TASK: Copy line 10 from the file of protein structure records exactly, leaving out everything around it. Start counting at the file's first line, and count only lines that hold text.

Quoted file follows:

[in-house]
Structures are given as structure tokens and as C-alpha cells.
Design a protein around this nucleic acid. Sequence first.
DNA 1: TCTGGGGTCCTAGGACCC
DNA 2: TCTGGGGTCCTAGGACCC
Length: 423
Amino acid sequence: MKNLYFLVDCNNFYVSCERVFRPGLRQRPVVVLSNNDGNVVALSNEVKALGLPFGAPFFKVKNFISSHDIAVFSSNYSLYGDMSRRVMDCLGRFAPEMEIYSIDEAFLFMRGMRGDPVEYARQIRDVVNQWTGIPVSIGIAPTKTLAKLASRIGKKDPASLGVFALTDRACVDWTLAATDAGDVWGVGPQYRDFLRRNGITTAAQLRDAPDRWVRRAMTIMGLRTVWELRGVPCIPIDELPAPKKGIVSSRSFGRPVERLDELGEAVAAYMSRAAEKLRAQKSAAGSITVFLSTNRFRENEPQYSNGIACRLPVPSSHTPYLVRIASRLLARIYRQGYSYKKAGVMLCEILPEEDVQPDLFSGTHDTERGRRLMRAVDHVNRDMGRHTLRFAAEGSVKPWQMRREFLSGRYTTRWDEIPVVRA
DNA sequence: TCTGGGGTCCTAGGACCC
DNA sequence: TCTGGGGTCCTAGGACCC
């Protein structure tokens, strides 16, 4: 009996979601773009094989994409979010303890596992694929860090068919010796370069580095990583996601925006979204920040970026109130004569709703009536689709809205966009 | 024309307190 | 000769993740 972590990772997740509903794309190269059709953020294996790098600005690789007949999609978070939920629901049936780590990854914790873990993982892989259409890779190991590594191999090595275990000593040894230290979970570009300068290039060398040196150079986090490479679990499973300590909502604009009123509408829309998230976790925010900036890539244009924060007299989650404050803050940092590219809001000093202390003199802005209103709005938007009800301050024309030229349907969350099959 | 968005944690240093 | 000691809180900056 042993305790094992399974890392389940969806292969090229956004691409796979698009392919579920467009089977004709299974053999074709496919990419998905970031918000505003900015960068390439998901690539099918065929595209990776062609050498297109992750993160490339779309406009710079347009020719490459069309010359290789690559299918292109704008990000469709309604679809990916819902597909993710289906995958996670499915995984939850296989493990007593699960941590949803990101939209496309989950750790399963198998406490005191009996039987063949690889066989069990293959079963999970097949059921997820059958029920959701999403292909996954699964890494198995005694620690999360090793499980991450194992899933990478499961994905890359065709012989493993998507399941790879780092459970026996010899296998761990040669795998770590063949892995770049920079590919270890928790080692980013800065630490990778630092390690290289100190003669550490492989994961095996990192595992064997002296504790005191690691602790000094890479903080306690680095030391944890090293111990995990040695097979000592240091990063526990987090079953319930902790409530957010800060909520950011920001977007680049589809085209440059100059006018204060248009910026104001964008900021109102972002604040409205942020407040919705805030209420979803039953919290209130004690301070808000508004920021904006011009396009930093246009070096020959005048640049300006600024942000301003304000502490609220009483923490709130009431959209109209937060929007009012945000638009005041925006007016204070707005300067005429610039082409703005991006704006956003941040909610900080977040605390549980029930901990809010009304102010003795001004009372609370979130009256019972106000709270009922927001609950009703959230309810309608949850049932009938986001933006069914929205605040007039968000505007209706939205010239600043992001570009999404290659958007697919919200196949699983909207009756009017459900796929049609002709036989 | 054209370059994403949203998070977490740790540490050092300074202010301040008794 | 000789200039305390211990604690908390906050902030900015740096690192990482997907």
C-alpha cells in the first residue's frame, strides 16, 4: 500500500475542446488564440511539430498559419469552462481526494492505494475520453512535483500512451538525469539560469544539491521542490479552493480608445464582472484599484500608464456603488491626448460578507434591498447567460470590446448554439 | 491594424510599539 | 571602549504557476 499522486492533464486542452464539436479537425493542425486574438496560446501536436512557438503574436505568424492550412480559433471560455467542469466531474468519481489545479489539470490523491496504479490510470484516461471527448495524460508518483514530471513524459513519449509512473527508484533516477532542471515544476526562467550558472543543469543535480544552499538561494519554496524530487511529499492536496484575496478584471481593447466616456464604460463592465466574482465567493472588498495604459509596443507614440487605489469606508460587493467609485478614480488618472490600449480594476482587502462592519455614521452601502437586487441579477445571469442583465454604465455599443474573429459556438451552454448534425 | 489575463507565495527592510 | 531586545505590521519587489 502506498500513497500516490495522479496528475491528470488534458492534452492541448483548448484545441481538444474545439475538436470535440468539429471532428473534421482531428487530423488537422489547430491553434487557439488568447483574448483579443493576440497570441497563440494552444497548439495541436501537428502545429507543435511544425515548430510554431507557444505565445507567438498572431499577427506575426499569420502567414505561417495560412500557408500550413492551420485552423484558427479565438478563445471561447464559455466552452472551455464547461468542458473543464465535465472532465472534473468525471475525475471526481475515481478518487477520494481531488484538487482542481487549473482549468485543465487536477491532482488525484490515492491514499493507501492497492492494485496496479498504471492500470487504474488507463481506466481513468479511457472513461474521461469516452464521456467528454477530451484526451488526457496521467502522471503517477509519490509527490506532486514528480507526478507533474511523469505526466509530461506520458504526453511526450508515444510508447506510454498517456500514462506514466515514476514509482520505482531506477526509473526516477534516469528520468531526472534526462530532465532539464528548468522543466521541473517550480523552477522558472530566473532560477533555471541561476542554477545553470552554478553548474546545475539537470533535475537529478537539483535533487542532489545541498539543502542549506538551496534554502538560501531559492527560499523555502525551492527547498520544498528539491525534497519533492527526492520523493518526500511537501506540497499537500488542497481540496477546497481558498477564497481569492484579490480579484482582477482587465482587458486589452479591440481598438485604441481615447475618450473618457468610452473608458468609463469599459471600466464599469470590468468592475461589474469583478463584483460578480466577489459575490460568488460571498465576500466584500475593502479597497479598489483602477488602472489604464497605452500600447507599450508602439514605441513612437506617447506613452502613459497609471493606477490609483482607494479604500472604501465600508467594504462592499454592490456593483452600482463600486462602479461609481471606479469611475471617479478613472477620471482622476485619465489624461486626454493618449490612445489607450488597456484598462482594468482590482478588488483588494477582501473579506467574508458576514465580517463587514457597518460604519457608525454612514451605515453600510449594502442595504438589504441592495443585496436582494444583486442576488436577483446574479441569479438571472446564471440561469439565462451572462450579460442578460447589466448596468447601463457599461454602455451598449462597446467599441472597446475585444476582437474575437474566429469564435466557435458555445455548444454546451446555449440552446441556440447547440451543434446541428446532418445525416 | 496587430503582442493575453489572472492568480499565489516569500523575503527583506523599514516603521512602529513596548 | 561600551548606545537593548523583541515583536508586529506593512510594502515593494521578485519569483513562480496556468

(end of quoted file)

């Protein structure tokens, strides 16, 4: 009996979601773009094989994409979010303890596992694929860090068919010796370069580095990583996601925006979204920040970026109130004569709703009536689709809205966009 | 024309307190 | 000769993740 972590990772997740509903794309190269059709953020294996790098600005690789007949999609978070939920629901049936780590990854914790873990993982892989259409890779190991590594191999090595275990000593040894230290979970570009300068290039060398040196150079986090490479679990499973300590909502604009009123509408829309998230976790925010900036890539244009924060007299989650404050803050940092590219809001000093202390003199802005209103709005938007009800301050024309030229349907969350099959 | 968005944690240093 | 000691809180900056 042993305790094992399974890392389940969806292969090229956004691409796979698009392919579920467009089977004709299974053999074709496919990419998905970031918000505003900015960068390439998901690539099918065929595209990776062609050498297109992750993160490339779309406009710079347009020719490459069309010359290789690559299918292109704008990000469709309604679809990916819902597909993710289906995958996670499915995984939850296989493990007593699960941590949803990101939209496309989950750790399963198998406490005191009996039987063949690889066989069990293959079963999970097949059921997820059958029920959701999403292909996954699964890494198995005694620690999360090793499980991450194992899933990478499961994905890359065709012989493993998507399941790879780092459970026996010899296998761990040669795998770590063949892995770049920079590919270890928790080692980013800065630490990778630092390690290289100190003669550490492989994961095996990192595992064997002296504790005191690691602790000094890479903080306690680095030391944890090293111990995990040695097979000592240091990063526990987090079953319930902790409530957010800060909520950011920001977007680049589809085209440059100059006018204060248009910026104001964008900021109102972002604040409205942020407040919705805030209420979803039953919290209130004690301070808000508004920021904006011009396009930093246009070096020959005048640049300006600024942000301003304000502490609220009483923490709130009431959209109209937060929007009012945000638009005041925006007016204070707005300067005429610039082409703005991006704006956003941040909610900080977040605390549980029930901990809010009304102010003795001004009372609370979130009256019972106000709270009922927001609950009703959230309810309608949850049932009938986001933006069914929205605040007039968000505007209706939205010239600043992001570009999404290659958007697919919200196949699983909207009756009017459900796929049609002709036989 | 054209370059994403949203998070977490740790540490050092300074202010301040008794 | 000789200039305390211990604690908390906050902030900015740096690192990482997907």